71 Percent of Americans Say Trump Can’t Get an Impartial Jury: Survey

71 Percent of Americans Say Trump Can’t Get an Impartial Jury: Survey
Former President Donald Trump speaks to reporters after being booked at the Fulton County jail on 13 charges related to the 2020 election, in Atlanta, Ga. on Aug. 24, 2023. (Joe Raedle/Getty Images)
Joseph Lord

A majority of Americans, more than seven in 10, don’t think President Donald Trump can get an impartial jury in his ongoing legal battles according to a new survey about Americans’ trust in the broader legal system.

The poll, conducted by Ipsos, surveyed Americans from the general population and the population of those who have served on juries in the past 10 years to learn their attitudes toward various aspects of the criminal justice system.

The poll found that former jurors were more likely than the general population to trust in the criminal justice system as a whole, including attorneys across all fields, judges, and state and local law enforcement.

They also had a nearly 20 percent more favorable view of their fellow citizens serving on juries than their peers: 76 percent of former jurors reported “a great deal” or “a fair amount” of trust in jurors, compared to 58 percent of non-jurors—the highest level of trust across both groups for all legal positions discussed.

But Americans are less optimistic about former President Donald Trump’s chances of receiving an impartial jury in one of the cases against him relating to his alleged illegal retention of classified documents. Only the documents case, one of four ongoing trials against the former president, was asked about.

In the survey, 1,017 members of the general population—those who haven’t served on a jury in the past 10 years—were asked, “If the cases against Donald Trump go to trial, how confident are you, if at all, that the court will be able to find and seat jurors willing to put aside their prior beliefs about Donald Trump and decide the case based on the evidence presented?”

Overall, 71 percent of those said they were not confident, including 30 percent who said they were “not at all confident” of this outcome and 41 percent who said they were “not too confident” about an impartial jury.

Only 28 percent expressed confidence that President Trump’s jurors could put aside their past perspectives. And the majority of those answering this way, 23 percent, said they were only “somewhat confident” of this outcome. Only five percent said they were “very confident” that President Trump could receive an unbiased jury.

Over the past several decades, Americans’ faith in the jury process, a constitutional pillar of American political life, has remained strong despite a corollary decrease in Americans’ trust of other types of political and legal institutions.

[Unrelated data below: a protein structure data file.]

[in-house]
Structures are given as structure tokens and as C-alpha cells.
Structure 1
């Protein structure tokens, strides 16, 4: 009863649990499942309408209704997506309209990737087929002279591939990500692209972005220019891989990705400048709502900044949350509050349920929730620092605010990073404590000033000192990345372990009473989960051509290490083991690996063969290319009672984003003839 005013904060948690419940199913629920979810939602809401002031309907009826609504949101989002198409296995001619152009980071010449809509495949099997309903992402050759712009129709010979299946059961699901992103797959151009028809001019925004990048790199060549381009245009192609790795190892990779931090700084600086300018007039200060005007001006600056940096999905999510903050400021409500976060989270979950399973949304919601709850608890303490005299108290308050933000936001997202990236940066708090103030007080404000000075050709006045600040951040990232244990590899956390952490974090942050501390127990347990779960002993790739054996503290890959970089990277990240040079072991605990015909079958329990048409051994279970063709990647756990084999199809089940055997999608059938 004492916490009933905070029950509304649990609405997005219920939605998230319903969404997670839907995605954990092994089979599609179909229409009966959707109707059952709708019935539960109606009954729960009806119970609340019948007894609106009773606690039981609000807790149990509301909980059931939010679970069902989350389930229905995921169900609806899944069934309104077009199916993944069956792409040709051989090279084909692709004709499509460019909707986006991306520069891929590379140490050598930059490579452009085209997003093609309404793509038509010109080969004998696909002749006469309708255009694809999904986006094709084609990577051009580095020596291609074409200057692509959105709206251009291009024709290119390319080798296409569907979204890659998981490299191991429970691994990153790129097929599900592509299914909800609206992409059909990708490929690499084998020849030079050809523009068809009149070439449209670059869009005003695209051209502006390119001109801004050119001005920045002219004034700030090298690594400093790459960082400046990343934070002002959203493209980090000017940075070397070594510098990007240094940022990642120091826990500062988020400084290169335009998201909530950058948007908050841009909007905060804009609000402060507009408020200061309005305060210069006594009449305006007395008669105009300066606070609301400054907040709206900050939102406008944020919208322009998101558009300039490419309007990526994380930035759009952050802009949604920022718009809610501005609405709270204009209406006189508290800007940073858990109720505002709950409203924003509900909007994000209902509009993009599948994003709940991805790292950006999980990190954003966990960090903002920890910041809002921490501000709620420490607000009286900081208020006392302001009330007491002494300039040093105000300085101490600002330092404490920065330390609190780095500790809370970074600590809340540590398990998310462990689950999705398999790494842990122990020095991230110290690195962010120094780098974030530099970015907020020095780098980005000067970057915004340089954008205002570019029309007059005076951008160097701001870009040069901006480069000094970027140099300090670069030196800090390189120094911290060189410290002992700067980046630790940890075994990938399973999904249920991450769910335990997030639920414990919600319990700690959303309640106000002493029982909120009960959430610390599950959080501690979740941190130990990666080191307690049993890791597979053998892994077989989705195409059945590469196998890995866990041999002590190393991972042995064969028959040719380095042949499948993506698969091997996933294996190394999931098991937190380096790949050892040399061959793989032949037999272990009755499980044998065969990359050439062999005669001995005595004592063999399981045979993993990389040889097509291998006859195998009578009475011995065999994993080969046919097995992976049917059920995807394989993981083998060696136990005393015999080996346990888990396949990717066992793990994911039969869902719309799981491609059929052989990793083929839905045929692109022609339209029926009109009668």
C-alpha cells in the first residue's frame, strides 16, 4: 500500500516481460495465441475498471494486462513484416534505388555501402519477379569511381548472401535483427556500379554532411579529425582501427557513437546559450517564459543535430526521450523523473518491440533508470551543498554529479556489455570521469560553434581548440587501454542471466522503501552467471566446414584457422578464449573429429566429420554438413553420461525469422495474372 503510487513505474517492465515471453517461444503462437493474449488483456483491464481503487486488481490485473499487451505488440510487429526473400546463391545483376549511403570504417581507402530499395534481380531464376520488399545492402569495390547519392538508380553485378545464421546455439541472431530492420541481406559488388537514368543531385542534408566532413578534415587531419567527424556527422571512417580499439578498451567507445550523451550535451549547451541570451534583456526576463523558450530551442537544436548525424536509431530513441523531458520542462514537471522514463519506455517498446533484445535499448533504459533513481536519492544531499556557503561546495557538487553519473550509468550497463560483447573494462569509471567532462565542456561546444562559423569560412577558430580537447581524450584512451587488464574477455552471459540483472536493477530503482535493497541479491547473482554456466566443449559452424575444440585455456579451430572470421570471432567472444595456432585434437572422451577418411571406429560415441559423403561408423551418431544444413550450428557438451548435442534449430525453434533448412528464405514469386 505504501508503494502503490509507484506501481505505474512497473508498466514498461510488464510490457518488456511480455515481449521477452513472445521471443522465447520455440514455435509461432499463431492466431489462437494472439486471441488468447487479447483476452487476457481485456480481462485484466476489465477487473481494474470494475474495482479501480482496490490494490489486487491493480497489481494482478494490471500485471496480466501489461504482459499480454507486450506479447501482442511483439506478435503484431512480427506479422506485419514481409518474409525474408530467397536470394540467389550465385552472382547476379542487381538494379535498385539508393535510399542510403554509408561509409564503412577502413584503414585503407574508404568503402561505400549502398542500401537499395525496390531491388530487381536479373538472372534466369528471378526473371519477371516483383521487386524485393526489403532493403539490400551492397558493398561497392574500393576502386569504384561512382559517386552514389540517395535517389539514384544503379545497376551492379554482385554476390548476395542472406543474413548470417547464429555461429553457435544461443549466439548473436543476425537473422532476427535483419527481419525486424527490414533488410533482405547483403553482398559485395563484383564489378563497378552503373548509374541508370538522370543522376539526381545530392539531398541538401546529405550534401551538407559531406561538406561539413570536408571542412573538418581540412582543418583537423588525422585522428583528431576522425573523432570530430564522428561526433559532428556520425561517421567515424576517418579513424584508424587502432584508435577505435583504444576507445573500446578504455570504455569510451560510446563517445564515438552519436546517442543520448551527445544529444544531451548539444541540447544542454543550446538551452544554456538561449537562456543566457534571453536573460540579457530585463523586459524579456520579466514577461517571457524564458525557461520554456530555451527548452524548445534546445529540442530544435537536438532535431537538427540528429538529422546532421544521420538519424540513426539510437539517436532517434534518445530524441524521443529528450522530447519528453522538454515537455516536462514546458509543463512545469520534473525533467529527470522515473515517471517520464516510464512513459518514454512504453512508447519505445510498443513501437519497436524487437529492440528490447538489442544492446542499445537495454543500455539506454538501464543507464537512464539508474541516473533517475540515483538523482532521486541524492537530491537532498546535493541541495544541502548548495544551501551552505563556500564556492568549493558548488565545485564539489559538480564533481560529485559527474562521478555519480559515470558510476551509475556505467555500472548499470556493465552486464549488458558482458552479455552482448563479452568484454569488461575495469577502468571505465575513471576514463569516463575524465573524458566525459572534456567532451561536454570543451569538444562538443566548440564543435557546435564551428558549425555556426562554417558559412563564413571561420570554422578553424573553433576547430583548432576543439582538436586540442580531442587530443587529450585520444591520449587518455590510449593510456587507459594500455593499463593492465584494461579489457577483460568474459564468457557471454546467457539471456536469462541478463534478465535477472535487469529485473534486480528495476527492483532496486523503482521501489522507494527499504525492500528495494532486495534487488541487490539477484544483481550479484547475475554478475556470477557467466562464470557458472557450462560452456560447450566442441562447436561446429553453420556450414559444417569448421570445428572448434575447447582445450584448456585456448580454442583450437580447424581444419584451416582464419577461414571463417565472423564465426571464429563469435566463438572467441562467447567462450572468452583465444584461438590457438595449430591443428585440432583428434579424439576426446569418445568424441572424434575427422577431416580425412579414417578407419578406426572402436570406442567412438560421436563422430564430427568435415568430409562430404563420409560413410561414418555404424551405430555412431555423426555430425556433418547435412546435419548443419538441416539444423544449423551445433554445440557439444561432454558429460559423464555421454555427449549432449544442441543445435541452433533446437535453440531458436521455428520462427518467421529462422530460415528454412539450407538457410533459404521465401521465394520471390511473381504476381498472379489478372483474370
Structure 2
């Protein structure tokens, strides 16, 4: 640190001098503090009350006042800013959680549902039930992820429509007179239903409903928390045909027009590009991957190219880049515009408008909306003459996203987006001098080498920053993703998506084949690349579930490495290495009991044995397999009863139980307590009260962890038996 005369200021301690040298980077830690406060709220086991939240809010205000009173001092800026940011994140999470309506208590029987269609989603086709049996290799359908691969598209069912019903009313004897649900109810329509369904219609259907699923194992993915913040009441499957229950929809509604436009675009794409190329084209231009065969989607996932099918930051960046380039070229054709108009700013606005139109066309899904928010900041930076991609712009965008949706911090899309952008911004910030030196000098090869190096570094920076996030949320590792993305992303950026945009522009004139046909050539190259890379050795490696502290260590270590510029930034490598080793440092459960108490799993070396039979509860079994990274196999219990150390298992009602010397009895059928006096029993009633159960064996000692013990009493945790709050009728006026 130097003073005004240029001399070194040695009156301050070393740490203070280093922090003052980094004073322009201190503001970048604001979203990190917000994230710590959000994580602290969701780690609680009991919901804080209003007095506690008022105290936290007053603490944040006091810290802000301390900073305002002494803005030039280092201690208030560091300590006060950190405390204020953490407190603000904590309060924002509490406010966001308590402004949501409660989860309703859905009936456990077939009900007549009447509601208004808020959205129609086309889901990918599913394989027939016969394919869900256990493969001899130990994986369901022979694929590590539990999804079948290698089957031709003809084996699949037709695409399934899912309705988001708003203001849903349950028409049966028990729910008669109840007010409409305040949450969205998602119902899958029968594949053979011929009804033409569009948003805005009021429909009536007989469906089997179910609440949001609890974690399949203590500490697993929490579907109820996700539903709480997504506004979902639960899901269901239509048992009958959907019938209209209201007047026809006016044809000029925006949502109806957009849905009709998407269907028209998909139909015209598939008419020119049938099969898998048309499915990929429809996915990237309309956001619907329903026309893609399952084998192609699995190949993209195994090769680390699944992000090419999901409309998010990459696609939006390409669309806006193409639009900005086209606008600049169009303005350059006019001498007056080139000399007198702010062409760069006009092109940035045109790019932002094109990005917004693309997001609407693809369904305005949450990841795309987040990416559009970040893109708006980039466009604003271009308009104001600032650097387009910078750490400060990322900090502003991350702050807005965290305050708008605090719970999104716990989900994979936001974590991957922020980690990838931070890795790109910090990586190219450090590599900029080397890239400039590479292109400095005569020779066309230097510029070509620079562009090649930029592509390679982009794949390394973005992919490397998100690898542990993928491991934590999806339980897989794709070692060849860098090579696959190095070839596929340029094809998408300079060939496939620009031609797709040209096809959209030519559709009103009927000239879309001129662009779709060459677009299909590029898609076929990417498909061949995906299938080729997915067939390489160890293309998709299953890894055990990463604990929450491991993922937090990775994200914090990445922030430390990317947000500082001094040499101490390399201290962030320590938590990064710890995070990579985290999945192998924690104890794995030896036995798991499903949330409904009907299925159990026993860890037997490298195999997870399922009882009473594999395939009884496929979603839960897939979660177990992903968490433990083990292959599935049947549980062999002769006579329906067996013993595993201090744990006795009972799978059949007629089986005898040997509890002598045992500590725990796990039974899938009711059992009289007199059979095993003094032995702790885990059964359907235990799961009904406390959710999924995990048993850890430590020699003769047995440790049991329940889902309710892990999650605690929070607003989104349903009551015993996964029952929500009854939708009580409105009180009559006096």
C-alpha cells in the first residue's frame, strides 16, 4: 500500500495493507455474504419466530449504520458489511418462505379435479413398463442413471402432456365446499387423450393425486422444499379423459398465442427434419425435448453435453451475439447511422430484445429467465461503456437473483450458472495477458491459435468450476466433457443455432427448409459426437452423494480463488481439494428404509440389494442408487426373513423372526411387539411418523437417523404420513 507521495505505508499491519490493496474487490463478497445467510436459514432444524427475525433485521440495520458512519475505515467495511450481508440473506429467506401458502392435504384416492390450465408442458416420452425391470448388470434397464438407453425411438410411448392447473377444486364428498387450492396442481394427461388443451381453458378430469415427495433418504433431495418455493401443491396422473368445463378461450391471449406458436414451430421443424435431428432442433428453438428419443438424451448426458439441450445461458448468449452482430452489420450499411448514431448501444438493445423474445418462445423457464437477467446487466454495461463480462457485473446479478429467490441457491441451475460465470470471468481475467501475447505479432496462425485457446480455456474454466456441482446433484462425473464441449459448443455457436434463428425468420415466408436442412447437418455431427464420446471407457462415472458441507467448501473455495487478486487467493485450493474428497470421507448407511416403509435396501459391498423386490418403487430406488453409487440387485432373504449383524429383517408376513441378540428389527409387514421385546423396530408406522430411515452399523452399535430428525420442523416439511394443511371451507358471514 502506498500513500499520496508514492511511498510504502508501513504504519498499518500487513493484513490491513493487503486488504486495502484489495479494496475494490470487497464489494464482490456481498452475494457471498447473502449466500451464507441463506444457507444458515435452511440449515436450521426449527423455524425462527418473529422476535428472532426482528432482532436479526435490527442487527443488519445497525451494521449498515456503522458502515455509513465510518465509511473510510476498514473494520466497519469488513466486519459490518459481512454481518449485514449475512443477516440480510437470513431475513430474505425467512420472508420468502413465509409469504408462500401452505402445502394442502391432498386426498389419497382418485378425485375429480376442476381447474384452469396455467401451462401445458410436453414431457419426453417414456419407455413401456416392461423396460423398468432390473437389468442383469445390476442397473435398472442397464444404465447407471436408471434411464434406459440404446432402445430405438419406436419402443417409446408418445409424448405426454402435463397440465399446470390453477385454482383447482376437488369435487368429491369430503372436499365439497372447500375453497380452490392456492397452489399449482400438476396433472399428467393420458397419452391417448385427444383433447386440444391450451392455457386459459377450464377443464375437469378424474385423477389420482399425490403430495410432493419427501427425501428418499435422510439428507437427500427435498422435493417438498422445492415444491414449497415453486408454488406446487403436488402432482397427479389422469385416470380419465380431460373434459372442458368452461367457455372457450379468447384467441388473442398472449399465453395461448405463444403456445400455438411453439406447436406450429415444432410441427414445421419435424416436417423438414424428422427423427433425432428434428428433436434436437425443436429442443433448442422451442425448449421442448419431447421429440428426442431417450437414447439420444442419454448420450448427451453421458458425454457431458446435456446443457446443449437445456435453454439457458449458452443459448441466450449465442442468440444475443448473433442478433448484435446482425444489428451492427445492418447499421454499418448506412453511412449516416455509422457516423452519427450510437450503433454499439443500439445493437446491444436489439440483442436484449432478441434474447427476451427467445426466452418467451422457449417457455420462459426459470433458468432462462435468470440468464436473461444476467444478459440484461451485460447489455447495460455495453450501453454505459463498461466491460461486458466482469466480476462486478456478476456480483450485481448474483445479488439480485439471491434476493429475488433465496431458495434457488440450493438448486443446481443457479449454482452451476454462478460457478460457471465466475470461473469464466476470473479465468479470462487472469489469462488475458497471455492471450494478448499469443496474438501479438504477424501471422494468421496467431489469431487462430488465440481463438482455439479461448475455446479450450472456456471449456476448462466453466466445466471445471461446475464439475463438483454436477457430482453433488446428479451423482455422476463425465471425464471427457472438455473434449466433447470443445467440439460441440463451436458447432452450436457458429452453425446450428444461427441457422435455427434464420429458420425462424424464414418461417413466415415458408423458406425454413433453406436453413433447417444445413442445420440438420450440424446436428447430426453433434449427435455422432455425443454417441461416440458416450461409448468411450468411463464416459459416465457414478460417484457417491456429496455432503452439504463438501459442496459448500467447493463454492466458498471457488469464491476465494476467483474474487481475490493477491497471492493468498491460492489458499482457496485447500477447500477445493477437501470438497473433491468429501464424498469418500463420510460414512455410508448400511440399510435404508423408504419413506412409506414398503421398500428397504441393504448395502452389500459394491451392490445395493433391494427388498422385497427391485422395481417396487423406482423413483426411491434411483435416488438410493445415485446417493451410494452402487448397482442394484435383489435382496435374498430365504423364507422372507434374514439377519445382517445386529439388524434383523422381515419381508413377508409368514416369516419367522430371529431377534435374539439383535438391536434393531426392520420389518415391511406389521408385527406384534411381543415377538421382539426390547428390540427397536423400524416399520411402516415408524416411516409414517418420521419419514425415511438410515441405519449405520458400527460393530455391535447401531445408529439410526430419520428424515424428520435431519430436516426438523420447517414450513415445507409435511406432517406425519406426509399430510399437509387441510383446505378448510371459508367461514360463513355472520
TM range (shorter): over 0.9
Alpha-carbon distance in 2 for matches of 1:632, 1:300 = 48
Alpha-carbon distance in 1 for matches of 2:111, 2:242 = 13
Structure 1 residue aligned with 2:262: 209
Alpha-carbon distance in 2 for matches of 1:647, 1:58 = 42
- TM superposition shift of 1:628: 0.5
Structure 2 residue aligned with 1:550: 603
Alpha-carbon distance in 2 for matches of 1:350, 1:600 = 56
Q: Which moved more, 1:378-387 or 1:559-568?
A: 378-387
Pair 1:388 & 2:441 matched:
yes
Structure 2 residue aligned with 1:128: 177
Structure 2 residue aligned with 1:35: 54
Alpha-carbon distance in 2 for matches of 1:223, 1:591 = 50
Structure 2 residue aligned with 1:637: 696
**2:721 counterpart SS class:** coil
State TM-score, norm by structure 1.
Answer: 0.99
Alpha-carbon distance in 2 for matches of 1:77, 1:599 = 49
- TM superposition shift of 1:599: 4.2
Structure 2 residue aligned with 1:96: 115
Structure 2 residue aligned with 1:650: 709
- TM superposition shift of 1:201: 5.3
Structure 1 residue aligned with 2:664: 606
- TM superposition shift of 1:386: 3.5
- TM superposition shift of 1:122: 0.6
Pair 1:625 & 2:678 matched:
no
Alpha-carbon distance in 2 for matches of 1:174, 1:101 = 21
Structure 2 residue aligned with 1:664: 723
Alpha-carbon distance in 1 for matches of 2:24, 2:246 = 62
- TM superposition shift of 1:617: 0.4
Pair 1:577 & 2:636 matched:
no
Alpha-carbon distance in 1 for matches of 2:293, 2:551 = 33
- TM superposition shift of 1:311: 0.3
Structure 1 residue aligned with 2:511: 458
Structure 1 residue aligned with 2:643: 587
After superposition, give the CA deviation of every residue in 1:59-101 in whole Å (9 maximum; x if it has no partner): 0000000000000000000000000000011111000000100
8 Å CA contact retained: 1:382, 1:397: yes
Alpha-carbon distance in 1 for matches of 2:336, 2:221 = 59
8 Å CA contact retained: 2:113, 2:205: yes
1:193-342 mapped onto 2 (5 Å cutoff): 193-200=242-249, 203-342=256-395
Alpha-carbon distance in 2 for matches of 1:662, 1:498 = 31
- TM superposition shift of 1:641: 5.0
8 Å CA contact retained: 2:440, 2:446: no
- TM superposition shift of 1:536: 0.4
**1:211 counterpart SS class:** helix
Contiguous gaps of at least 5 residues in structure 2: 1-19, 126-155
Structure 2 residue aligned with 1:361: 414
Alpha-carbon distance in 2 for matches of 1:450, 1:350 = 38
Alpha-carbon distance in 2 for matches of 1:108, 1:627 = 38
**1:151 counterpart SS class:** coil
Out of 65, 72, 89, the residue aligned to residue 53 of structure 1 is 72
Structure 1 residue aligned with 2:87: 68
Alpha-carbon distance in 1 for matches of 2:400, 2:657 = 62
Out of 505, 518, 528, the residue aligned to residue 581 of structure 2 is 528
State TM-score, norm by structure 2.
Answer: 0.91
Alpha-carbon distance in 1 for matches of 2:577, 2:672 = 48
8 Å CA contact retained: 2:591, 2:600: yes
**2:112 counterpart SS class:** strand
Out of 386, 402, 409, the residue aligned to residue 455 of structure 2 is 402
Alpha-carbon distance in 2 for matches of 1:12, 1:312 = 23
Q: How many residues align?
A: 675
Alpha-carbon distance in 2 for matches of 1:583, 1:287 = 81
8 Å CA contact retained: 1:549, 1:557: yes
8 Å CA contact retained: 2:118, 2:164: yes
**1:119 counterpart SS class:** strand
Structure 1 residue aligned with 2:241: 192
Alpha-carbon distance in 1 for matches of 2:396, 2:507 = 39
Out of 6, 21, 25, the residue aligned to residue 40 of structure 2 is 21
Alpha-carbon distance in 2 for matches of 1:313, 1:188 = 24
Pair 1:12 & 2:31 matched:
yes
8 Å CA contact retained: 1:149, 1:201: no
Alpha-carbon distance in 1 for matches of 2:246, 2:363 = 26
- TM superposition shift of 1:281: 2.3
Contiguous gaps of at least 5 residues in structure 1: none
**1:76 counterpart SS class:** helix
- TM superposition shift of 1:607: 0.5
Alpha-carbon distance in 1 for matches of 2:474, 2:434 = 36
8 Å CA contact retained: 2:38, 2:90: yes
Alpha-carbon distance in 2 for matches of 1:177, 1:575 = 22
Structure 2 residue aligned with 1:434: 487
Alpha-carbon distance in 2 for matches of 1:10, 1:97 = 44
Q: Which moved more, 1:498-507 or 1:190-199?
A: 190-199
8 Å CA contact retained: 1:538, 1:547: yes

Faith in the jury process has survived several blows, including the acquittal of O.J. Simpson, who many believed to have murdered his wife and her friend, who was later acquitted. Politically-fraught outcomes, including the acquittal of George Zimmerman and Kyle Rittenhouse, and the conviction of Derek Chauvin on murder charges related to George Floyd’s death, have also failed to shake Americans’ core belief in the jury system.

However, the politically fraught criminal cases of the 45th president could erode faith in the system, as members of both the pro-Trump and anti-Trump factions will be unlikely to accept a jury outcome they think was unfair.

Most Cases in Left-Wing Jurisdictions

This problem is only compounded by the political composition of the jurisdictions where President Trump will be tried, as most lean substantially to the left on the political spectrum.
The case related to President Trump’s handling of classified documents will likely take place in Fort Pierce, Florida, part of a county that voted for President Trump in 2020, with jurors pulled from nearby areas.

But other cases against President Trump will be carried out in less favorable political environments.

The first criminal case against him, alleging that he paid adult performer Stormy Daniels hush money to cover up an affair in contravention of campaign finance law, will take place in Manhattan—where, in 2020, 86.7 percent of residents voted for President Joe Biden.

Another case filed against President Trump alleges that he sought to illegally overturn the 2020 election. That case will be held in Washington, D.C.—a place where President Trump received only 5.4 percent of the popular vote in 2020 compared to 92.2 percent for President Biden, and where many residents harbor memories and resentment over the Jan. 6, 2021, Capitol breach.

The most recent case filed against President Trump was filed in Fulton County, one of the counties of the greater Atlanta area where President Biden won 72.6 percent of the vote. Nearby counties similarly voted for President Biden by wide margins.

Given the political bent of the areas where the cases are being held, it is even more likely that supporters of President Trump will view any jury pool as suspect.